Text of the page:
GPS Tracking, Is It Legal For Surveillance?

The use of GPS tracking technology to conduct surveillance by law enforcement agencies and private citizens has been underway for many years. Private investigators have used the technology to discover cheating spouses, misuse of business equipment, insurance fraud, child custody violations and other location related issues. Many privacy advocates have screamed foul about the perceived loss of privacy through the use of this technology. Surveillance activities may or may not be legal depending on the location and type of device.

Recently the 7th Circuit of the US Court of Appeals ruled that placing a GPS tracker on a vehicle was lawful and did not require a warrant. The federal government argued successfully that placing a device on a vehicle does not violate the 4th Amendment and is not an unreasonable search of the vehicle. The vehicle was not entered and thus was not searched. It means that all that is needed for a law enforcement or government agency to place a GPS tracking device on a vehicle is reasonable probable cause. However when it comes to a private citizens placing a GPS tracking device on a vehicle or an individual it is a much more complex issue. Many States have passed laws that restrict the use of this technology to conduct surveillance unless the device is used on a vehicle owned by the person conducting the surveillance. It is strongly recommended that you contact the office of your States Attorney General prior to conducting any GPS tracking of anyone outside your immediate family. Failure to do so could lead to severe legal consequences.

New micro technology allows GPS tracking devices to be hidden in just about any location. This is especially true for the GPS data loggers. These recorders are placed in a vehicle or on a person for a designated period time. The device is then retrieved and downloaded in to a computer. The information then is displayed on a map showing routes traveled, time in route, at rest, speed and direction. This is a great tool to keep track of your newly licensed teen as well as making sure that your business vehicles are not being used for personal use. These GPS trackers are very hard to detect since they are both small and they do not use cell phone communication technology. Basically there are no records beyond the computers hard drive. Again this makes this type of surveillance very hard to both detect and defend against. The negative side of using a GPS data logger is that the information is history rather than in real time.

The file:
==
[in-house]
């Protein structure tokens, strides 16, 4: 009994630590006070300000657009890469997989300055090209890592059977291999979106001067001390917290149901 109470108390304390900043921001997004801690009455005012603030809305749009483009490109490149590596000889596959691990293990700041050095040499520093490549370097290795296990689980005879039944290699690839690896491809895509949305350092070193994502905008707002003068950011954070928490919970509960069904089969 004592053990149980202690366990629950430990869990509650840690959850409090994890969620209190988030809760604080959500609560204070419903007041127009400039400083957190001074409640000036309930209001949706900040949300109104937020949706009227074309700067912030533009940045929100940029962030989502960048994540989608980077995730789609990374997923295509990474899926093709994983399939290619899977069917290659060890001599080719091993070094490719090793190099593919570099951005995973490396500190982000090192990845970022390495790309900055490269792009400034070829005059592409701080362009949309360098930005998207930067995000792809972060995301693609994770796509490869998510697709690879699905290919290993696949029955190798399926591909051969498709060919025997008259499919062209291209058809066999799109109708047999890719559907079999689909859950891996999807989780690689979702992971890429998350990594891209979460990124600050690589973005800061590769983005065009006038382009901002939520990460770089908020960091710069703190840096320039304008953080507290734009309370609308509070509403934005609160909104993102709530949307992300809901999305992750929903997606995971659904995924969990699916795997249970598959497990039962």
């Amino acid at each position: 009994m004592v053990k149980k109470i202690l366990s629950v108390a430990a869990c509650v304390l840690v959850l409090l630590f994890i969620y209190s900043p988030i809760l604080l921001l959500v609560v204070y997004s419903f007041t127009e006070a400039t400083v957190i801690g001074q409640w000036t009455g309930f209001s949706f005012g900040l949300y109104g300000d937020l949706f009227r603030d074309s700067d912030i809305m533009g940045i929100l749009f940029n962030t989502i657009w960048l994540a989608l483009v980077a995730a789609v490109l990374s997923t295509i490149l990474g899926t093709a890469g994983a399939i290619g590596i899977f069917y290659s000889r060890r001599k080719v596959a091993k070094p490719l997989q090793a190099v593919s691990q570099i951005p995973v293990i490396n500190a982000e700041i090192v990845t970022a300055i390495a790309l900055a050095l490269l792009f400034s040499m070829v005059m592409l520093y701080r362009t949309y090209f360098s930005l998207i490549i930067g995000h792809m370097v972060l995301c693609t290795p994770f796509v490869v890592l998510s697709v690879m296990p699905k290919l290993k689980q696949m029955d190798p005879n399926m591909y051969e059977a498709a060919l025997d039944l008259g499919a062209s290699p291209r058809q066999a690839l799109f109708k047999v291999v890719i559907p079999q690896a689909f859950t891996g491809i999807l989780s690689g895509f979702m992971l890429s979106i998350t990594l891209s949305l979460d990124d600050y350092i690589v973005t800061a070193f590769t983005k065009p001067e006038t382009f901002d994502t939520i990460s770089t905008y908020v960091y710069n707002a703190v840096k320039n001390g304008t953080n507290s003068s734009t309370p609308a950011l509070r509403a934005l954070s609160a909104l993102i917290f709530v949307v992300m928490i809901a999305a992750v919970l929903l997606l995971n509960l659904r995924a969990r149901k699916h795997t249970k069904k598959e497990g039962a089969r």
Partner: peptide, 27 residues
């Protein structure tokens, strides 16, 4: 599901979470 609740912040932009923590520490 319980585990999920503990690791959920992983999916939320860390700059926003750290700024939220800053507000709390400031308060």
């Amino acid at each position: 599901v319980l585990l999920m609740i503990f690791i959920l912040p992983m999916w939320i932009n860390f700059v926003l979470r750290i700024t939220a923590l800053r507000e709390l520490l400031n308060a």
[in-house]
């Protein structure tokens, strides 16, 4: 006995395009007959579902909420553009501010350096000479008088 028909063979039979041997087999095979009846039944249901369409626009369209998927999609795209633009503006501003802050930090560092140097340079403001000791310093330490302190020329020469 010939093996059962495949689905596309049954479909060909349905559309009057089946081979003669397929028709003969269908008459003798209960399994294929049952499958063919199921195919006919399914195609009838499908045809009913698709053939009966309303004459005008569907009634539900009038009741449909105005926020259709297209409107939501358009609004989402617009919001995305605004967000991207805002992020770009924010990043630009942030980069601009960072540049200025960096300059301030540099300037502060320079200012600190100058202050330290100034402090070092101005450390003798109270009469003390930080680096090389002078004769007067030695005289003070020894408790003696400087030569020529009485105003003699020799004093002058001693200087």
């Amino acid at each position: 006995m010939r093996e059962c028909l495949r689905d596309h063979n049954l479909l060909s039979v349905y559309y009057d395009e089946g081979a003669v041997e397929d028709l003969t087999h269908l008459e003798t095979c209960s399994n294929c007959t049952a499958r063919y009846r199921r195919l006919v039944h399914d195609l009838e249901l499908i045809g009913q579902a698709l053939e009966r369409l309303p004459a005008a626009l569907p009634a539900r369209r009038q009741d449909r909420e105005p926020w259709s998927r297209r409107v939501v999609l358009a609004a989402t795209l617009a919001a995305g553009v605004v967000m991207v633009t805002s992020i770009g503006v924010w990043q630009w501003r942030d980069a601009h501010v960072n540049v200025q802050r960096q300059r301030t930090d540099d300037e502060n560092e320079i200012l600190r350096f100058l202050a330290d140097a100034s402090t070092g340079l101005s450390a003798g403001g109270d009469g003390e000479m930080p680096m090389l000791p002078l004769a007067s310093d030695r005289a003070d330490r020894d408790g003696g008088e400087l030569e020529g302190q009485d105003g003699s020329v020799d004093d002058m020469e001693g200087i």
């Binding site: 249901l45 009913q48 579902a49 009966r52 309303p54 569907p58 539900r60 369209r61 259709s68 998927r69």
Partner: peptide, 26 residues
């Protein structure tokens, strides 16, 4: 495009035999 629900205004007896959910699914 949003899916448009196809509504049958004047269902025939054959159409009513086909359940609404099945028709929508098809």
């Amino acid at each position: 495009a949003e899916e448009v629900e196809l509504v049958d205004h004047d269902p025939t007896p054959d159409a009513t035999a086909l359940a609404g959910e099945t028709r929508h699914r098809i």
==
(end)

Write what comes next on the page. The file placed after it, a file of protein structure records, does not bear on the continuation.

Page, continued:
Real time GPS tracking devices use both GPS and cell phone technology to provide tracking information in real time. Tracking information is updated at designated time intervals to a company that provides the tracking service. As a subscriber you will log into the companies data base and your tracking information will be downloaded to your computer. Recently the GPS tracking devices have become much smaller making it much easier to hide in either a vehicle, piece of equipment or on a person. While it is illegal for cell phone companies to provide information including tracking information about a customer without a warrant the Federal Communications Act apparently does not apply to GPS tracking providers. The bottom line is that if you use a real time GPS tracking device and provider you risk that the records of your surveillance activities will be discovered.

The use of GPS tracking devices for surveillance has led many states to pass laws to protect the privacy of their citizens. Most of these laws have severe penalties attached to them. It is strongly recommended that you do a thorough job of research prior to conducting any form of electronic surveillance. GPS tracking technology is a great tool for managing both people and resources when it is legally and properly used.


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